The Allman Brothers Band The Allman Brothers Band
Rolling Stone: "...[The Allman Brothers] are a white group who've transcended their schooling to produce a volatile blues-rock sound of pure energy, inspiration and love....consistently [the album] is subtle, honest, and moving."
|You Save:||$1.99 (14% Off)|
Currently Out of Stock: We'll get more as soon as possible
item number: ZUCL 5018
- Released: October 14, 1997
- Originally Released: 1997
- Label: Mercury
Rolling Stone - 2/21/70, p.52"...[The Allman Brothers] are a white group who've transcended their schooling to produce a volatile blues-rock sound of pure energy, inspiration and love....consistently [the album] is subtle, honest, and moving."
Song previews provided courtesy of iTunes
The Allman Brothers Band: Duane Allman (electric guitar); Berry Oakley (bass instrument); Jai Johanny Johanson (drums, congas); Dickey Betts, Gregg Allman, Butch Trucks.
Personnel: Dickey Betts (vocals, guitar); Gregg Allman (vocals, organ, keyboards); Duane Allman (guitar, acoustic guitar, slide guitar); Butch Trucks (drums, maracas, timbales, percussion); Jai Johanny Johanson (percussion).
Recording information: Atlantic Recording Studios, New York, NY (09/1969).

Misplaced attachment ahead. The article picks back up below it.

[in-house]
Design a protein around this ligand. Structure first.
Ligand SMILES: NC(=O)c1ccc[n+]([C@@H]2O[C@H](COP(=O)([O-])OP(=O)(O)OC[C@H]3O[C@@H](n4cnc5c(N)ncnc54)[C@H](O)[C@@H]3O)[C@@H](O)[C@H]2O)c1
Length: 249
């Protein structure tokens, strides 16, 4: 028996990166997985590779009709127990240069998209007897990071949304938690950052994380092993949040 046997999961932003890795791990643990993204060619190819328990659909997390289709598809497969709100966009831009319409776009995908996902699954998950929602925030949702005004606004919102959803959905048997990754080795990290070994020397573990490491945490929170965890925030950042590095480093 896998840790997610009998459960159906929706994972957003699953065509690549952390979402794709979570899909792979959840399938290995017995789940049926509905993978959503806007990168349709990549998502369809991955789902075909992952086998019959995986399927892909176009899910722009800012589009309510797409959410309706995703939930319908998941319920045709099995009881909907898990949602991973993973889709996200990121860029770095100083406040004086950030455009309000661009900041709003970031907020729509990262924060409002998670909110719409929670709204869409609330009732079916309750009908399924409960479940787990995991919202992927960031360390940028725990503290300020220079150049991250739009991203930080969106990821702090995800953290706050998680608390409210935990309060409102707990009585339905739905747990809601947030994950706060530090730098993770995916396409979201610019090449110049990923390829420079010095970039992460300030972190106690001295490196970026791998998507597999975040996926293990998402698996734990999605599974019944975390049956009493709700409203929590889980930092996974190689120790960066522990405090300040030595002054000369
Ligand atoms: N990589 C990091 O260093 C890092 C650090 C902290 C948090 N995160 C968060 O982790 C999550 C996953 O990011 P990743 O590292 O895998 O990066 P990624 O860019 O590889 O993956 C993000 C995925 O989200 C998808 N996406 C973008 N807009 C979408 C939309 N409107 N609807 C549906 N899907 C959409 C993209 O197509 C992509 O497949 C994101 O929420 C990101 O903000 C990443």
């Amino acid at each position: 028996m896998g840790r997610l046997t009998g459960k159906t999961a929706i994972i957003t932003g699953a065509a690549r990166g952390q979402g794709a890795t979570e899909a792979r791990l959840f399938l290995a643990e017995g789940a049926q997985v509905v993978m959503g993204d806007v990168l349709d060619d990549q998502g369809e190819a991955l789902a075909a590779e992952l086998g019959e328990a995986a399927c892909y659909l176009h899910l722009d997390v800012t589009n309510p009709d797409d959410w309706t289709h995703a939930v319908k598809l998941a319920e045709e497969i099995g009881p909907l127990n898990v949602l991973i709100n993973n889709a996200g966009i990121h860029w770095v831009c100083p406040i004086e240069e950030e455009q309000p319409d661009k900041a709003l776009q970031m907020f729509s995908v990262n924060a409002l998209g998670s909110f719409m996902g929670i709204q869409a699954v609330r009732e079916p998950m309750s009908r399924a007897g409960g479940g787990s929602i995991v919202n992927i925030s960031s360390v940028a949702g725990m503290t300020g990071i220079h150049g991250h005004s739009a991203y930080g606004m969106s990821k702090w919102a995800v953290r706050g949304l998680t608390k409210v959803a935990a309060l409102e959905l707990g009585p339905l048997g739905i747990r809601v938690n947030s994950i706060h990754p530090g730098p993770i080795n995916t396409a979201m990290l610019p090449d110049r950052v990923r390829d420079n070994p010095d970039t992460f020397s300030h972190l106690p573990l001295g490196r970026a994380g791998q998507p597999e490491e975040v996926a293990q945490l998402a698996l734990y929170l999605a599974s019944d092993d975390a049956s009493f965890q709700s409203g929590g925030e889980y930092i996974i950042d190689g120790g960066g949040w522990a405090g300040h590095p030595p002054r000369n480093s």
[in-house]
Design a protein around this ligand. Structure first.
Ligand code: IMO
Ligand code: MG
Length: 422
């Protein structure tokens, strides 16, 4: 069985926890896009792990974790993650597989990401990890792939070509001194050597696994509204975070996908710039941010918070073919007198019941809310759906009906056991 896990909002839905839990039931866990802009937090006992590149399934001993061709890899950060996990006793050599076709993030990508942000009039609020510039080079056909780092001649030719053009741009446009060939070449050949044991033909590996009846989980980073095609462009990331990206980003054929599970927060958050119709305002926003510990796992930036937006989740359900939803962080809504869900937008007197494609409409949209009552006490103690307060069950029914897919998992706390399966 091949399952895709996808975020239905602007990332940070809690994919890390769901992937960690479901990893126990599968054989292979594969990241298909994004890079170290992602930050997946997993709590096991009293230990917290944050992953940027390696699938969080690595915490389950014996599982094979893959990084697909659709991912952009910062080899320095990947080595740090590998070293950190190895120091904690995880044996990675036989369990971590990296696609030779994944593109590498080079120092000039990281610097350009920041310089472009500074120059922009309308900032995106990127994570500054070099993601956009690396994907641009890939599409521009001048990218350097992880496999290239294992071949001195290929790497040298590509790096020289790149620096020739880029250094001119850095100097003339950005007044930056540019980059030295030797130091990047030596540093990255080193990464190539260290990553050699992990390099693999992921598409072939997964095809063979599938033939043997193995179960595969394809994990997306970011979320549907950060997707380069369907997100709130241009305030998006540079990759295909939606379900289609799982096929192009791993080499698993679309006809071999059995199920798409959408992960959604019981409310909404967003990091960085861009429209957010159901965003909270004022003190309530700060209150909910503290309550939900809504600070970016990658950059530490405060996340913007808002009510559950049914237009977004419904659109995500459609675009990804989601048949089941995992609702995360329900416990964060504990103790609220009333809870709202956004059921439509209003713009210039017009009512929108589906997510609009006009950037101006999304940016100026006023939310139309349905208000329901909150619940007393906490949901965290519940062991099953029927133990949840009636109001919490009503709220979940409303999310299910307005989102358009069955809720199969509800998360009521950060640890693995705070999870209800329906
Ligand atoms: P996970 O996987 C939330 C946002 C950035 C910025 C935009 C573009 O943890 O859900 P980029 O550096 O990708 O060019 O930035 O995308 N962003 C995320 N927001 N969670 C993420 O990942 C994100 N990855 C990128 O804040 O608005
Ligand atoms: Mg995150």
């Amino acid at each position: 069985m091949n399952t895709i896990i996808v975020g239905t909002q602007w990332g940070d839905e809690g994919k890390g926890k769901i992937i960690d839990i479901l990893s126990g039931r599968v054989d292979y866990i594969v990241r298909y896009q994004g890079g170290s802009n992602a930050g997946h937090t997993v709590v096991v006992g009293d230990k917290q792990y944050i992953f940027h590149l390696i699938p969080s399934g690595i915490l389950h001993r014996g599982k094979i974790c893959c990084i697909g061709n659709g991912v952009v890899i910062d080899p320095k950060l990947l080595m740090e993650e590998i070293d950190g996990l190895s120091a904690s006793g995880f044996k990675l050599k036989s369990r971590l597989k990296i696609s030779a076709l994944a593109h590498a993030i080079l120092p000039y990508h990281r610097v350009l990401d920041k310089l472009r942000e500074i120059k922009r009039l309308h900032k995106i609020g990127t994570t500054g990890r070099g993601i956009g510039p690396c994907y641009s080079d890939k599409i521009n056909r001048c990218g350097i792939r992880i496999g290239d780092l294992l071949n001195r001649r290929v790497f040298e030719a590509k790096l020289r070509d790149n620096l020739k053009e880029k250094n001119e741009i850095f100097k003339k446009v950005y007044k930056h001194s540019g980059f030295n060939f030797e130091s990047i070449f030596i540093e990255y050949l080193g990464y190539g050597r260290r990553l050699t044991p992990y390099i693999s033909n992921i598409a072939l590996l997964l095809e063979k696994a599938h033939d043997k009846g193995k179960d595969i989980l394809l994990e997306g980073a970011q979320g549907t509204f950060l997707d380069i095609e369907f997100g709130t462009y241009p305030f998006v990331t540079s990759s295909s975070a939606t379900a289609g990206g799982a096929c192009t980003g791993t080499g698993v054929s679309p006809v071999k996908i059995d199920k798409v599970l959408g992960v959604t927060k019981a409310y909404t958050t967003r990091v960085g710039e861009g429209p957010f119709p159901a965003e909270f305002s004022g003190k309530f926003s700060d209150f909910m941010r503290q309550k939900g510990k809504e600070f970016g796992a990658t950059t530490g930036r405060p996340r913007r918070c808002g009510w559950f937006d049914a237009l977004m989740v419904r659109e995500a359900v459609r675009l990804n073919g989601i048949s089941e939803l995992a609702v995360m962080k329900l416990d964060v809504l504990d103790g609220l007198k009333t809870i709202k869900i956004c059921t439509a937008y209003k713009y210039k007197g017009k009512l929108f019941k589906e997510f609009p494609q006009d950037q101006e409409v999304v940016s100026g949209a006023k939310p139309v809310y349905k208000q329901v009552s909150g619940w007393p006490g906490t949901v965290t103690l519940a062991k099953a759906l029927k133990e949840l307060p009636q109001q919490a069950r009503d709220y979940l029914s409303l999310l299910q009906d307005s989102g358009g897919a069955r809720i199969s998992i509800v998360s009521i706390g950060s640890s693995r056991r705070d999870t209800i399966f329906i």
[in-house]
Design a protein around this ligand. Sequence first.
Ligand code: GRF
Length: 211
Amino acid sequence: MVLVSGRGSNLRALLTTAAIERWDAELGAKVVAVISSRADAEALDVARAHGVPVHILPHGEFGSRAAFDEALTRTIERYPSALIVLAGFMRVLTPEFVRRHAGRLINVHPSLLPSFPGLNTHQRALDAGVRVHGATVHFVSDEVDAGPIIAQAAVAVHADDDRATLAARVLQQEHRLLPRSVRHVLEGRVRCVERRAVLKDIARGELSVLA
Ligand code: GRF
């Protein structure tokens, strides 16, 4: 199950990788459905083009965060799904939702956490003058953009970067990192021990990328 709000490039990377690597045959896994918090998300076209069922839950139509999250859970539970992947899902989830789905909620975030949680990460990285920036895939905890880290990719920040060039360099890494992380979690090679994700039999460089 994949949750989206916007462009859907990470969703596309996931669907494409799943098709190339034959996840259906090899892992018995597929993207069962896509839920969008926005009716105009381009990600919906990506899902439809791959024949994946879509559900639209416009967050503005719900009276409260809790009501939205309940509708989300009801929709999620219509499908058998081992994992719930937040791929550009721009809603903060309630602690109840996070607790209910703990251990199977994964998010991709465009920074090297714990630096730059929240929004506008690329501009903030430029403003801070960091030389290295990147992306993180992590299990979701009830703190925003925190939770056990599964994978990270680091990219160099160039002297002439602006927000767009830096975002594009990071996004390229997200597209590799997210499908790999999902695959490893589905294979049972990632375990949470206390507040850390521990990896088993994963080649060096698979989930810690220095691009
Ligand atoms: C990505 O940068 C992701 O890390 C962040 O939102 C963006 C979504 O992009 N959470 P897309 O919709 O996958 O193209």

Photographer: Stephen Paley.
Arrangers: The Allman Brothers Band; Phil Walden.
The Allman Brothers Band debut album, like the following three records made by the original Allman Brothers lineup (which included the late Duane Allman and Berry Oakley), is pretty essential stuff. Included here are all of the elements that would make LIVE AT THE FILLMORE EAST one of the greatest live records ever: Duane's searing guitar playing, Gregg's hoarse, soulful vocals and poetic blues songwriting (both "Dreams" and "Whipping Post," two of his best, are here), and the near-telepathic interplay among all six members of the band.
In addition to showcasing the band's fine musicianship, and laying down an undeniable series of soulful, hard-edged blues grooves, THE ALLMAN BROTHERS BAND may be the founding document of Southern rock. The Allmans' pioneered the sound of twin electric lead guitars in rock (they got the idea from Bob Wills), and were probably the first to use two drummers. On these earliest recordings they remain a world away from the stars 'n' bars posturing of their musical descendants. This is true, enduring American music.